City with historic links to the slave trade. The first guns to be exported to Africa in 1698 were manufactured in Birmingham, renowned for its metalworking; this triggered a growth in the city's industries, and by 1766, 100,000 guns a year were shipped, as well as other tools of the slave trade: manacles, chains, branding irons, thumbscrews, pincers, muzzles, and instruments for prising open the mouths of recalcitrant slaves to make them eat. Cheaply made flintlock muskets, the guns were often dangerous to their users, and contributed to the militarization of the continent: it has been estimated that 20 million went to Africa by 1907.

The city's Lunar Society (a group of freethinkers and radicals) included members who were vehement abolitionists. Thomas Day, from Lichfield, was co‐author with Joseph Bicknell of the poem The Dying Negro (1773 a famous tract that spoke of a ...

Article

Humayun Ansari

Evidence of a black Muslim presence in Britain dates back to Tudor and Stuart times. By 1596, so alarmed was Queen Elizabeth I by the growing number of ‘infidel’ ‘Blackamoors’ that she unsuccessfully ordered their expulsion. While many Muslims arrived in England as merchants and traders, others were involuntary residents. In the 1620s North African corsairs operating in English waters were captured, and records testify to a number of Muslims languishing in jails in the south‐west of England. However, a 1641 document suggests the presence in London of a small settled community of Muslims, and by 1725 English society had become well accustomed to their presence. During the 17th and 18th centuries black staff and servants—likely to have been Muslims—accompanied Ottoman emissaries to Britain. Many remained in Britain and Muslims came to form an important element within the ‘permanent’ black population. They included servants (King George I's ...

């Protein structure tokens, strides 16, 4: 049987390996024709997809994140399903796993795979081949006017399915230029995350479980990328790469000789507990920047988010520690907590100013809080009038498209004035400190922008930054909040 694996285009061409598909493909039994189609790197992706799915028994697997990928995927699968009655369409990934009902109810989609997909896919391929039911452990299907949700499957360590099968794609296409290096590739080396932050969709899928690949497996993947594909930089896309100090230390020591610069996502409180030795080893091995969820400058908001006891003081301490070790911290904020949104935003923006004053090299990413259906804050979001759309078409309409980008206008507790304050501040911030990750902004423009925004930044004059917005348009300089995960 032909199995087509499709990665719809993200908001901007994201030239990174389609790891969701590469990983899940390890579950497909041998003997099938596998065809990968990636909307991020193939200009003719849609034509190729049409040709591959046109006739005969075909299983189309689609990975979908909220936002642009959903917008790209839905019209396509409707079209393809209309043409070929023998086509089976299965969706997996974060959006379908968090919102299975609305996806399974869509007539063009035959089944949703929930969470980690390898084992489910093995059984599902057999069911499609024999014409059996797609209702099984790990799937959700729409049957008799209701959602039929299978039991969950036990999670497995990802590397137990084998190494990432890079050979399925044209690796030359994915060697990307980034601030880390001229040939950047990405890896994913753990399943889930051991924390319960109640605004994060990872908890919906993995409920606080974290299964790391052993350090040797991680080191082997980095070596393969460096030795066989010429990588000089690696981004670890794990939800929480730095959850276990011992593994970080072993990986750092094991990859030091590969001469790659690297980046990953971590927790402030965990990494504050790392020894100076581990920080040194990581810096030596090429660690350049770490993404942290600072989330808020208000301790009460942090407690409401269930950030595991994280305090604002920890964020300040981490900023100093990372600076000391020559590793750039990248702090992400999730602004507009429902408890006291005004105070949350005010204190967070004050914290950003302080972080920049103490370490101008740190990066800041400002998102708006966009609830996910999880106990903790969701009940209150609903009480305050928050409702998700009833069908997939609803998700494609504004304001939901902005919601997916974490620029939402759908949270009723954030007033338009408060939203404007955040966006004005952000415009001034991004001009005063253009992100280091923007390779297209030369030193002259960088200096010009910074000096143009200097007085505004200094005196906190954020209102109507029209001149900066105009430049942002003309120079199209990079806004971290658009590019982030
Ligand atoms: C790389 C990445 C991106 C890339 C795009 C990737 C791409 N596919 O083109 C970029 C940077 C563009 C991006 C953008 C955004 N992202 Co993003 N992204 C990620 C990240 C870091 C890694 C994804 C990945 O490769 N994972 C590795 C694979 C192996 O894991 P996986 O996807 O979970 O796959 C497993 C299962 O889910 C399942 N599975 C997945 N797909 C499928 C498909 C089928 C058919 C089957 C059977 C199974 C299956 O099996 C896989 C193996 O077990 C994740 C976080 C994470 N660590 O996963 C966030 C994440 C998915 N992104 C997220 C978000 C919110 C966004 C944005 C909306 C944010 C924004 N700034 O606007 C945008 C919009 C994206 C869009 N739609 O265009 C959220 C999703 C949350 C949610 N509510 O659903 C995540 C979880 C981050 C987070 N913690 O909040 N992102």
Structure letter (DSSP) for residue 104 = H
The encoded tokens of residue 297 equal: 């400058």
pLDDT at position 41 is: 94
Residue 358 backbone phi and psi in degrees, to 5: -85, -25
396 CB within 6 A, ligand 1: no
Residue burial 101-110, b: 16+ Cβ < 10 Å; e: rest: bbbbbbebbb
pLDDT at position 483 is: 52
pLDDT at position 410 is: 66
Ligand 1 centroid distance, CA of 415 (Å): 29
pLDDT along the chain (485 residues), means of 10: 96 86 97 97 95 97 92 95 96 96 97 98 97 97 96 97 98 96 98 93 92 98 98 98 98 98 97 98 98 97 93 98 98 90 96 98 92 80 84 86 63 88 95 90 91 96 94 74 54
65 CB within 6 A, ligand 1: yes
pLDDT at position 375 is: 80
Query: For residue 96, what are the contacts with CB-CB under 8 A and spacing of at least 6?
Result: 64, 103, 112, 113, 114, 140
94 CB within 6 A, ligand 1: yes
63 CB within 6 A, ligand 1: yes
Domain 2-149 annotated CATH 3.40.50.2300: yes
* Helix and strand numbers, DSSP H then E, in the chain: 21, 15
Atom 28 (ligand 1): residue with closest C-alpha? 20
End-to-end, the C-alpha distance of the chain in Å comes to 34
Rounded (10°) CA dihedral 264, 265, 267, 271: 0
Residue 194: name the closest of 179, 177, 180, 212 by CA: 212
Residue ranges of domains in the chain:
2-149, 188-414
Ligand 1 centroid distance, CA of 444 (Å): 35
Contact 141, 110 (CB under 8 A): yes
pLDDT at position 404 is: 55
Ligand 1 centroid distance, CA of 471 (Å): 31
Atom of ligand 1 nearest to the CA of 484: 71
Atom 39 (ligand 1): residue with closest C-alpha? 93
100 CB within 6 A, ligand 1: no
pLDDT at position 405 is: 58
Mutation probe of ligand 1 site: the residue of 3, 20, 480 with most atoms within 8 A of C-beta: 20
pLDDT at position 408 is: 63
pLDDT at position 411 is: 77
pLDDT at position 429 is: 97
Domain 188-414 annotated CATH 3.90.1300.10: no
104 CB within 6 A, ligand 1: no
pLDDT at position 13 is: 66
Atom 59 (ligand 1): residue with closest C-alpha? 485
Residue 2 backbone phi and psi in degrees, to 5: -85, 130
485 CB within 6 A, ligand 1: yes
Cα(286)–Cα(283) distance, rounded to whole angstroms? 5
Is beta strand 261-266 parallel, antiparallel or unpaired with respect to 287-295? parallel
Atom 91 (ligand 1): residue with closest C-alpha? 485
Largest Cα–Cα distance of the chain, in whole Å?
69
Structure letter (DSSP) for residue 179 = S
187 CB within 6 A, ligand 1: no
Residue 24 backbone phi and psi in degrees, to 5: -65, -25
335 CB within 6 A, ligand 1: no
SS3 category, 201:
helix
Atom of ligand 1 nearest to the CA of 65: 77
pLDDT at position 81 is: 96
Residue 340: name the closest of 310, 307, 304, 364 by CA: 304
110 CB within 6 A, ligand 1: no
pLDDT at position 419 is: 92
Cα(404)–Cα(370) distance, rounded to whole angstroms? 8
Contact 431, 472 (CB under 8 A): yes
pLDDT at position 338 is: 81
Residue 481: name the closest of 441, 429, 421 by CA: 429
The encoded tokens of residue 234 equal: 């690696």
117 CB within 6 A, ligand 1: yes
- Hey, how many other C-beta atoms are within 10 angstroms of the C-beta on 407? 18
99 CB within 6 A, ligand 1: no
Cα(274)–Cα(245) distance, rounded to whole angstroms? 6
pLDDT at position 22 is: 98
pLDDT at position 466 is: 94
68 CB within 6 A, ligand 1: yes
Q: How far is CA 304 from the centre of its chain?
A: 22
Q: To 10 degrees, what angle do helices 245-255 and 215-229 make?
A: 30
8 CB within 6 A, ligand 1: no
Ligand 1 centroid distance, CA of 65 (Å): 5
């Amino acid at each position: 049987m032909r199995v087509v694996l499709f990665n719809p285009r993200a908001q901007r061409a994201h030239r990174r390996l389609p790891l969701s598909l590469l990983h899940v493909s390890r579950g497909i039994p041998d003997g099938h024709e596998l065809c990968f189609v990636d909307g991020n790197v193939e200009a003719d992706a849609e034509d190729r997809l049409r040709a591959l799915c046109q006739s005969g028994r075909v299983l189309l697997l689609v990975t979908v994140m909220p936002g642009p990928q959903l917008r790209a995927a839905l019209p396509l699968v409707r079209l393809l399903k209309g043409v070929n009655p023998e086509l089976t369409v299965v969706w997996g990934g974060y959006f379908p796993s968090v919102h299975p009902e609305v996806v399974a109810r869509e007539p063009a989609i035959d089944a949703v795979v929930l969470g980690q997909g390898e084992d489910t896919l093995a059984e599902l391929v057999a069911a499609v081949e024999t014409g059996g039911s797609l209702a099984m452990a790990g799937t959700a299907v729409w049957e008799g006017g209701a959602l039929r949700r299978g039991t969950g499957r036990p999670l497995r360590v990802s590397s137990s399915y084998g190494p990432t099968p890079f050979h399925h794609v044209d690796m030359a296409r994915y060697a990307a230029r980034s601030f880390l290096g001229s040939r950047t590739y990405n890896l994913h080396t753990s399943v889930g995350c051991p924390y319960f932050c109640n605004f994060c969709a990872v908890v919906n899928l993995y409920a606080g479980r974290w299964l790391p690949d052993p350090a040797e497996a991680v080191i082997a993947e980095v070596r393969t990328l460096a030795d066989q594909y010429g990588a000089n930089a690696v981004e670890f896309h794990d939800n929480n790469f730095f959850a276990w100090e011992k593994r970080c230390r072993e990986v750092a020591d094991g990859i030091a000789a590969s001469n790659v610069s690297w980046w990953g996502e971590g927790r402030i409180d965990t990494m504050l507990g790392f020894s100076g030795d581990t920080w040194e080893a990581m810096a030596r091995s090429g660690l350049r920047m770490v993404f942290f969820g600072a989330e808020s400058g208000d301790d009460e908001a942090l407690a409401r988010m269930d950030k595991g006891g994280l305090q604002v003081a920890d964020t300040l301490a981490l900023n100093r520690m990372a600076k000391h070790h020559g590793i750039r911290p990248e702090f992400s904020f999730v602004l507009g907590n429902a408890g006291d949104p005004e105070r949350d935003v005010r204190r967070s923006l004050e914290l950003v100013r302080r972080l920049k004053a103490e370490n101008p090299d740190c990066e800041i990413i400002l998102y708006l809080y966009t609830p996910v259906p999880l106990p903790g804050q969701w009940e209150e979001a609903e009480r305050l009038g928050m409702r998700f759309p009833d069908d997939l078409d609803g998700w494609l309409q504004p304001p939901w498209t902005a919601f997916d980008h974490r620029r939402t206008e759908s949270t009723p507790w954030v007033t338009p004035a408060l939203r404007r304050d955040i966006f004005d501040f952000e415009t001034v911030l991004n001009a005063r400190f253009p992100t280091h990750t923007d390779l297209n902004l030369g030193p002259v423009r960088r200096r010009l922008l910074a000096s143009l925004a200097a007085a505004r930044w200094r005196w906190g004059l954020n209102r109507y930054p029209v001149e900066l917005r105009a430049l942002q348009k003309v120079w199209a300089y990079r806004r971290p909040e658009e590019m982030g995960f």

Article

David Killingray

Pan‐AfricanMarxist and scholar. Blackman was born in Barbados and won a scholarship to the University of Durham, where he studied theology. He was ordained in the Anglican Church and went to the Gambia as a missionary priest, where he clashed with his bishop over differences of pay for white and black clergy. Having resigned from the Church, Blackman returned to Barbados, but then, in 1938, he settled in London. He joined the leftist Negro Welfare Association, of which he became chairman, and also the League Against Imperialism, being a major speaker on both their platforms. He also became a member of the Executive Committee of the more liberally inclined League of Coloured Peoples, and in 1938–9 editor of its then occasional journal The Keys, writing critically on colonial policy; he also gave evidence to the Royal Commission on the West Indies. In November 1938 ...